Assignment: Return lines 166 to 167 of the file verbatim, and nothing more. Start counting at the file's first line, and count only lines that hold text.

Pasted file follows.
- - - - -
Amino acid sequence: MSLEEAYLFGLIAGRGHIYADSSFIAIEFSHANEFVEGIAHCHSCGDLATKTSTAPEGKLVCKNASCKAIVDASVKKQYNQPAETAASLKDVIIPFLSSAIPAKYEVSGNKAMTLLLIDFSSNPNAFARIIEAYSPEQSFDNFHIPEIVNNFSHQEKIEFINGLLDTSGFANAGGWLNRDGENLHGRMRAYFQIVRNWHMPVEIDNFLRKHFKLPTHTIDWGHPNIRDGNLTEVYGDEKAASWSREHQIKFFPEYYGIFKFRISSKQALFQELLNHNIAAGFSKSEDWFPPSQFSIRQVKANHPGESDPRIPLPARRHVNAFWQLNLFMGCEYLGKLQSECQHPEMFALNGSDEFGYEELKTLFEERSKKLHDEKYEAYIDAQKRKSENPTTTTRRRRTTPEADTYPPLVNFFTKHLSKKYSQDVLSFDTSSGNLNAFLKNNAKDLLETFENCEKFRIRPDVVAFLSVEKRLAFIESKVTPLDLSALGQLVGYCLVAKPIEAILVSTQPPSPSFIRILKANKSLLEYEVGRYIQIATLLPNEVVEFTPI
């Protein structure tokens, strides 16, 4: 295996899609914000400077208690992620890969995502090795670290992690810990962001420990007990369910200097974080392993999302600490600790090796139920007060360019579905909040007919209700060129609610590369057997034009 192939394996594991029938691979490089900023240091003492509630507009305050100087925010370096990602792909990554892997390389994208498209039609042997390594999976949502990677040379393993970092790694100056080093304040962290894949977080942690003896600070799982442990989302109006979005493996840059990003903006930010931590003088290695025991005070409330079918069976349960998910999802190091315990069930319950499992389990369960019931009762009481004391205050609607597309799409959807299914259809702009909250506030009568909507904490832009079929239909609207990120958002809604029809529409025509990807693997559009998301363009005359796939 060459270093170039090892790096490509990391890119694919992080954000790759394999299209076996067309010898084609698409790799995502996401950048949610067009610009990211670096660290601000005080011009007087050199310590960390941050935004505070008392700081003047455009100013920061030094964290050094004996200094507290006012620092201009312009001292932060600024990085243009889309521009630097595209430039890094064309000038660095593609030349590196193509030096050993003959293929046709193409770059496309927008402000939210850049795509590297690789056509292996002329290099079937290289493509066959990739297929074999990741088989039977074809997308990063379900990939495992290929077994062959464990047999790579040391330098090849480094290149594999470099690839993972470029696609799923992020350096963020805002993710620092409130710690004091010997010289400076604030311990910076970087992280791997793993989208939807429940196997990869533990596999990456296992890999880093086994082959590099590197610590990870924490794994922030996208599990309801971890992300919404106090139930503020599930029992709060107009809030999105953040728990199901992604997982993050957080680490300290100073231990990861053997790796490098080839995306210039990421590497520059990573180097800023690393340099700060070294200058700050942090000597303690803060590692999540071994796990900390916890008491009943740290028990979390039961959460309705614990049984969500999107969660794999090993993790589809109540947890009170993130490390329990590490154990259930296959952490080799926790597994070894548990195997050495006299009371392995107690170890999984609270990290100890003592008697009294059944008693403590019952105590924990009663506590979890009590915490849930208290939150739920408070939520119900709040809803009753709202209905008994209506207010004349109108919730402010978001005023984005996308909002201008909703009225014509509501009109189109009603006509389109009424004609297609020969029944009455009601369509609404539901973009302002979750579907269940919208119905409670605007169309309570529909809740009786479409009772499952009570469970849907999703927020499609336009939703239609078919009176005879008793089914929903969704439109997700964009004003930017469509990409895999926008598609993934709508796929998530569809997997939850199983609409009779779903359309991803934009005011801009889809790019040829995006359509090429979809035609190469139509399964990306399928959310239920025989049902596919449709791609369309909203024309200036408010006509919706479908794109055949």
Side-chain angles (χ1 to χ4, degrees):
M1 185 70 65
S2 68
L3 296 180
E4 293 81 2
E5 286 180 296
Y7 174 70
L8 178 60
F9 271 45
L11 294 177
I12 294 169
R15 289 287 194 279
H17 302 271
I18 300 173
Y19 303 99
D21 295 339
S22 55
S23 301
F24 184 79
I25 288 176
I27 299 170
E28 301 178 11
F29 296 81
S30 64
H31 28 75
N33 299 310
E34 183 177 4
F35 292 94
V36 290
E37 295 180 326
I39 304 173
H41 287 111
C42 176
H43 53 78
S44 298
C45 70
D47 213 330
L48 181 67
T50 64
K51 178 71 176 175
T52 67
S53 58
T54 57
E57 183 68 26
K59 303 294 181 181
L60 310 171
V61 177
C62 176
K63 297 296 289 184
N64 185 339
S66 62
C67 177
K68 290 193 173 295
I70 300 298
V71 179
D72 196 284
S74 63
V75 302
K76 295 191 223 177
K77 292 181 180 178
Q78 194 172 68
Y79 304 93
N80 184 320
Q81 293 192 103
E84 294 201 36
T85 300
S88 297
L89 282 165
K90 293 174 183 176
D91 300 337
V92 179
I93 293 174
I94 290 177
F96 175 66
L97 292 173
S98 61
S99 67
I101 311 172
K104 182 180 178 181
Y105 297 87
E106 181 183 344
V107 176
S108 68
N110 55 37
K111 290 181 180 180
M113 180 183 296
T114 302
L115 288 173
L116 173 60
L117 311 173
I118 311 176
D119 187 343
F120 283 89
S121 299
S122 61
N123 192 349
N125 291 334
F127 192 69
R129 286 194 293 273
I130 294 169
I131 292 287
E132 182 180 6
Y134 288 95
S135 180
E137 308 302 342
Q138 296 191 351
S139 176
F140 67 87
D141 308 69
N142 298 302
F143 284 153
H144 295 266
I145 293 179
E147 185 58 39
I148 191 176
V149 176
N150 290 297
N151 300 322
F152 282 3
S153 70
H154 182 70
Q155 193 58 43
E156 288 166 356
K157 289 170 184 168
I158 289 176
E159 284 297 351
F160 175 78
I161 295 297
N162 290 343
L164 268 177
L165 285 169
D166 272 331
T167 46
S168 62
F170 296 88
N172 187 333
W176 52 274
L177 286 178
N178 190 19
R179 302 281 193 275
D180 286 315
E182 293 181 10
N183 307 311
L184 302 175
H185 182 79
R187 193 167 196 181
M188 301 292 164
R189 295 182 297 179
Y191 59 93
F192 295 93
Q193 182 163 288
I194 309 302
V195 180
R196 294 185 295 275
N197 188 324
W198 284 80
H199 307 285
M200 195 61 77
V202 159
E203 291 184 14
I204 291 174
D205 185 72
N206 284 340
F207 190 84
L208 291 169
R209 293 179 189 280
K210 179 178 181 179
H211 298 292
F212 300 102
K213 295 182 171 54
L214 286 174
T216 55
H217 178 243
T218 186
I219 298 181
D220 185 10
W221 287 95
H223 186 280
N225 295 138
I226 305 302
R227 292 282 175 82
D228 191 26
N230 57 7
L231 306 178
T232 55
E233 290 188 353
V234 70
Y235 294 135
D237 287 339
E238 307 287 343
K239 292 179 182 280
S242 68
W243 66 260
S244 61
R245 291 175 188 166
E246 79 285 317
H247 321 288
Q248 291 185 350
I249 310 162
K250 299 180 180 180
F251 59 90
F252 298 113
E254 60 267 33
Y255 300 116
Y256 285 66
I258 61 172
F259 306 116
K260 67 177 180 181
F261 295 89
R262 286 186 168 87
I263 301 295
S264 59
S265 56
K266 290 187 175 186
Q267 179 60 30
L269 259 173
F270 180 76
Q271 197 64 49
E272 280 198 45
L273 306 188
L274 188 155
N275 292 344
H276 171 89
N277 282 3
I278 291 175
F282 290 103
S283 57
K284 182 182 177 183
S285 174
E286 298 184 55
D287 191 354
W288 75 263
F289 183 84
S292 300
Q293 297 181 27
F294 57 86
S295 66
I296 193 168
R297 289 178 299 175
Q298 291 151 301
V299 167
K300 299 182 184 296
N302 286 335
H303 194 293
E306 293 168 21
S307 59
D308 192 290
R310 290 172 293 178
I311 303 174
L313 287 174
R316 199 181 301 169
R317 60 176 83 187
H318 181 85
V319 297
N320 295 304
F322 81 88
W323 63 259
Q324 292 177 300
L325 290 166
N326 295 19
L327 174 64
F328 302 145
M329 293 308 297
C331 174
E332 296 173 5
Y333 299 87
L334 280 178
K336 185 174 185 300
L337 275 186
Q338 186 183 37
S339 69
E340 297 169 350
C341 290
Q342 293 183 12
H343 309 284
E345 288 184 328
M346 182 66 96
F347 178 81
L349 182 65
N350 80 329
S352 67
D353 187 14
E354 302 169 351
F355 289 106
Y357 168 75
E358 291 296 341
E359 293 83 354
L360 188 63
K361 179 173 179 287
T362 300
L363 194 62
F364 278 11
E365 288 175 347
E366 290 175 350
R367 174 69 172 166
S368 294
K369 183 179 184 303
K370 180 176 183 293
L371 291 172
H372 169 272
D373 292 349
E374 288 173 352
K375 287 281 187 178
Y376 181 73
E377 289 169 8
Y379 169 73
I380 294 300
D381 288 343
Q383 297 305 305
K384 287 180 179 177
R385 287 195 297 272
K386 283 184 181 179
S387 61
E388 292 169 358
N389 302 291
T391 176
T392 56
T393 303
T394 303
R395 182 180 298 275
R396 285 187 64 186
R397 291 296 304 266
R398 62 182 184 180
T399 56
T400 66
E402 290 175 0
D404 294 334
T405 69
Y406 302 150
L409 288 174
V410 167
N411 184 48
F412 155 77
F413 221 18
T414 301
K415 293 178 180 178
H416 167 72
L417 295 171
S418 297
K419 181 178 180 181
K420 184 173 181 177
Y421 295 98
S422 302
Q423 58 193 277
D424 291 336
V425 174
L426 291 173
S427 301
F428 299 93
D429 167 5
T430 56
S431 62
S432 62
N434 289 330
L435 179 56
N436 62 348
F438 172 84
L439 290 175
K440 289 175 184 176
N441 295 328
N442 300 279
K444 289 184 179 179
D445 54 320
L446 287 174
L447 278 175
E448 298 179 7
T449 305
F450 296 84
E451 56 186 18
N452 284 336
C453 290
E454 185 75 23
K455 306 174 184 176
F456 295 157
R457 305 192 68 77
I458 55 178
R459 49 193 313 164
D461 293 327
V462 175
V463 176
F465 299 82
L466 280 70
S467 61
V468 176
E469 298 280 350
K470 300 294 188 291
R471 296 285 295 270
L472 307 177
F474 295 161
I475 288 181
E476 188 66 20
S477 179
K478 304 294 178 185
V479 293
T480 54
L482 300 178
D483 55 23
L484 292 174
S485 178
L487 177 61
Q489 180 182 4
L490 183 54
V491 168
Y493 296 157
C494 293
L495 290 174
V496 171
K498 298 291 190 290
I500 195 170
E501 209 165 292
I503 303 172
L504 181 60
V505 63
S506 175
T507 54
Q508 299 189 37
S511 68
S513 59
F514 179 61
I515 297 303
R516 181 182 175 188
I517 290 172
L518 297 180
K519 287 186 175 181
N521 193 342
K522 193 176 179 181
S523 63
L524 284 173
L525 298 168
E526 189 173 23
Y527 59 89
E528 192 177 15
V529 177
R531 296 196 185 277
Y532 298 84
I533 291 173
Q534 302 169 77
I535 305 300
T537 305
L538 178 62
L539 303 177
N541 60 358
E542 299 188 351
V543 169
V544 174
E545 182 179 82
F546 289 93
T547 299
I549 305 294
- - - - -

F207 190 84
L208 291 169